Arthur Obermayer, a Boston-based Jewish philanthropist who honored Germans for preserving local Jewish history, has died.
Obermayer died Sunday in Dedham, Massachusetts, at 84. The cause of death was cancer, the family confirmed.
A longtime activist in political and Jewish genealogical causes, Obermayer was a co-founder of Meretz USA (now Partners for Progressive Israel) and a leader in the Germany section of the JewishGen research platform. Professionally, he was an entrepreneur in the fields of chemistry and biotechnology.
In 2000, he co-founded the Obermayer German-Jewish History Awards with JewishGen and the New York-based Leo Baeck Institute. The award recognizes non-Jewish Germans who have often struggled against bureaucratic or societal impediments in order to document their town’s Jewish past.
This year’s honorees included Peter Franz, a Protestant pastor who faced aggressive resistance from local neo-Nazis, who in 2010 left two pig heads outside a remembrance site he created in Apolda, in the former East Germany.
Franz and six others will be honored at the Berlin parliament on Jan. 25, ahead of Holocaust Remembrance Day. Members of the Obermayer family will be present.
Especially important to Obermayer, according to a spokesman for his foundation, was that his honorees reach out to Jews anywhere in the world with roots in their towns. The majority of nominators — from the United States, Israel, the United Kingdom, Australia and elsewhere — had lost family in the Holocaust and never thought they would have a connection with Germany again.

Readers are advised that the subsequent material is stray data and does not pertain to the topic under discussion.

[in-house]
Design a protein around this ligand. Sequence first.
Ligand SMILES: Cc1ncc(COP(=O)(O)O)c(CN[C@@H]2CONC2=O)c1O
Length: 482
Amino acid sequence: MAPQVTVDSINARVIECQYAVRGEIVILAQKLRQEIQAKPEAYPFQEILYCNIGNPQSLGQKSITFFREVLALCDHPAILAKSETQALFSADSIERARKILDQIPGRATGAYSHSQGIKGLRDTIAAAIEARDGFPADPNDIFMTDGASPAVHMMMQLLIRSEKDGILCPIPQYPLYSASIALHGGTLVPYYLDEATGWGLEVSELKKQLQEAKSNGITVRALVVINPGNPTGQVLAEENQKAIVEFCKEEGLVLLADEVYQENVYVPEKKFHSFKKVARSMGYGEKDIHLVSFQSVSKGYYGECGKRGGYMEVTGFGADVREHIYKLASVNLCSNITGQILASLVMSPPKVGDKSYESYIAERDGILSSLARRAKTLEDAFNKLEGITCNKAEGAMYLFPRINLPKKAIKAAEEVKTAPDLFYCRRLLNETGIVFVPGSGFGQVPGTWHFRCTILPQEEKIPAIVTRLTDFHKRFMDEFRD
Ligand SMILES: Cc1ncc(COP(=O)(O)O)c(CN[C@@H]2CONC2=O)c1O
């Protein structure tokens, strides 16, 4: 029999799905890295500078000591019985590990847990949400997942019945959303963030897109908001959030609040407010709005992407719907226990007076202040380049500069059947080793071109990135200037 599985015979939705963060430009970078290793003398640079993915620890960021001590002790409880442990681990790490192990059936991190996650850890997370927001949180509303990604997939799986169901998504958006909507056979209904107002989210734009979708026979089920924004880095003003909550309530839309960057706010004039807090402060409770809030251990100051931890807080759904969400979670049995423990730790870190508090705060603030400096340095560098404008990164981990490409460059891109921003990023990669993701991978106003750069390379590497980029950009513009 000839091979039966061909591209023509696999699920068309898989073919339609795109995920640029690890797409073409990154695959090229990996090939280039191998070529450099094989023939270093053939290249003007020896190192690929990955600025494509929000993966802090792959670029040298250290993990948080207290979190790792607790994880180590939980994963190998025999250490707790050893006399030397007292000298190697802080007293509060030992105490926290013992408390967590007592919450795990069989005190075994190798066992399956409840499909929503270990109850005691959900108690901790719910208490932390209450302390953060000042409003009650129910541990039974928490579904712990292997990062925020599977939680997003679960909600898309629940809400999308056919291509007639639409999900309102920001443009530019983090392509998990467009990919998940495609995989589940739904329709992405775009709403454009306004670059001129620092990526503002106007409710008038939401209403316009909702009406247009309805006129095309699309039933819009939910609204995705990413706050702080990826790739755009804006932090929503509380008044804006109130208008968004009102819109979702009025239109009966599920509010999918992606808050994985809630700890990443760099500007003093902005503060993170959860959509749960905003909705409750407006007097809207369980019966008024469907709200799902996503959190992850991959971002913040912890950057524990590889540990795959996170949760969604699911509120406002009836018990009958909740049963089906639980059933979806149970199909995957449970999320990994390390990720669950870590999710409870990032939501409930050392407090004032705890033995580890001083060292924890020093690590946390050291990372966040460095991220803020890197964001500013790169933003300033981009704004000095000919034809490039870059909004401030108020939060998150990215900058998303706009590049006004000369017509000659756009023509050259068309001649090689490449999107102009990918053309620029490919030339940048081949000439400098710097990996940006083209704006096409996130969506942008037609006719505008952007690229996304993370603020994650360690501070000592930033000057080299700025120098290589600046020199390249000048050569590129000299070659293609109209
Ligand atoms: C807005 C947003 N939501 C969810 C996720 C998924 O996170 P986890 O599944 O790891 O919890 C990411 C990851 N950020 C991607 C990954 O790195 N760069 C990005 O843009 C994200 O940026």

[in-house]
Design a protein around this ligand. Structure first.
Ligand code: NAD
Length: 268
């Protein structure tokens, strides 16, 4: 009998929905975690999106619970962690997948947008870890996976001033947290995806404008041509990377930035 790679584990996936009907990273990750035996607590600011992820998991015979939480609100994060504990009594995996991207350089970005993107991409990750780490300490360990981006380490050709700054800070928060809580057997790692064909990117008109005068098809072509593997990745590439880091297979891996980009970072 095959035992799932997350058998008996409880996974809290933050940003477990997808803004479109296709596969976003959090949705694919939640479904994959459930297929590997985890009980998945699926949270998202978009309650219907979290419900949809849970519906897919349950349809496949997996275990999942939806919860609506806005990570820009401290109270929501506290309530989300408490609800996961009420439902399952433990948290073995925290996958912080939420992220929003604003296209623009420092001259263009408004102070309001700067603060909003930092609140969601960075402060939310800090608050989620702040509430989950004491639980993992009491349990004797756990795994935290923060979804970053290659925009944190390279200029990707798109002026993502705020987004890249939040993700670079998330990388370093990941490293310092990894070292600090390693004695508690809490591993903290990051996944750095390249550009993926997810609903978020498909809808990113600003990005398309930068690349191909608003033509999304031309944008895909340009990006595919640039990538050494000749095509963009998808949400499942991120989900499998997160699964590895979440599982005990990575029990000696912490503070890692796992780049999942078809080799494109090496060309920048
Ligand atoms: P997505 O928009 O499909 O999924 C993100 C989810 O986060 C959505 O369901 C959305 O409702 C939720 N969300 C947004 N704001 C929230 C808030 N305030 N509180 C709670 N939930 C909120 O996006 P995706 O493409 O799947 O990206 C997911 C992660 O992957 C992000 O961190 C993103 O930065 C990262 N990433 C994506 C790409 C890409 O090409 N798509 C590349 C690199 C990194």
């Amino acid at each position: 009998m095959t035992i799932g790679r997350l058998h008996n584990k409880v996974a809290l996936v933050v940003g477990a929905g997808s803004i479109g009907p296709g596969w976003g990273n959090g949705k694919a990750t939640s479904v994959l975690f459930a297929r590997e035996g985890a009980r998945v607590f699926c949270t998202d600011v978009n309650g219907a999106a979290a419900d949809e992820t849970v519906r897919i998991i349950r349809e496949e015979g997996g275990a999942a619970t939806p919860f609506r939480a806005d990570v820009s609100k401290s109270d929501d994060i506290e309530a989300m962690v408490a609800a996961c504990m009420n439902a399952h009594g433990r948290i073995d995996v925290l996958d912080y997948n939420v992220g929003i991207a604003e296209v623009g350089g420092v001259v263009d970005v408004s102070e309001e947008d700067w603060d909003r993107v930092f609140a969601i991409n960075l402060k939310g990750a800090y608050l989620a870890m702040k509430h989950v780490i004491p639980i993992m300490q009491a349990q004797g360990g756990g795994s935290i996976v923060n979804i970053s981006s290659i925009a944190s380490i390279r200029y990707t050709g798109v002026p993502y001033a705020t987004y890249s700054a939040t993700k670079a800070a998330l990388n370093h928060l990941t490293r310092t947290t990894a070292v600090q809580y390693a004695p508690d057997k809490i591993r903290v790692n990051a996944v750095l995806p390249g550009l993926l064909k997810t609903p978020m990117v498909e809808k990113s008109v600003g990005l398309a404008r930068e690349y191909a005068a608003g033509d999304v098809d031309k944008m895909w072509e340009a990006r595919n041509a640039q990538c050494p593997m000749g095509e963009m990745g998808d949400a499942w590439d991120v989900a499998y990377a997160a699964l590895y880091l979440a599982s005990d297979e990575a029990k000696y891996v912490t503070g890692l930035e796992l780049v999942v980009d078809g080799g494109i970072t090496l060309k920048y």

At the 2004 award ceremony in Berlin, Obermayer explained what had moved him to create the prize.
“These people are doing this with a great deal of dedication, and not for an honorarium,” he said. “They do their work because they feel they ought to, because they want to.”
In 2007, Obermayer received Germany’s highest honor, the Cross of the Order of Merit, for creating his award.
A Philadelphia native, Obermayer had roots in Creglingen, a small town in southern Germany. He developed contacts with local historians, ultimately co-founding a museum of Jewish history there.
He and his wife of 52 years, Judith, were involved in numerous political, scientific, Jewish and entrepreneurial causes. In June, they were inducted into the White House’s Small Business Innovation Research Hall of Fame.
In addition to his wife, Obermayer is survived by three children and five grandchildren.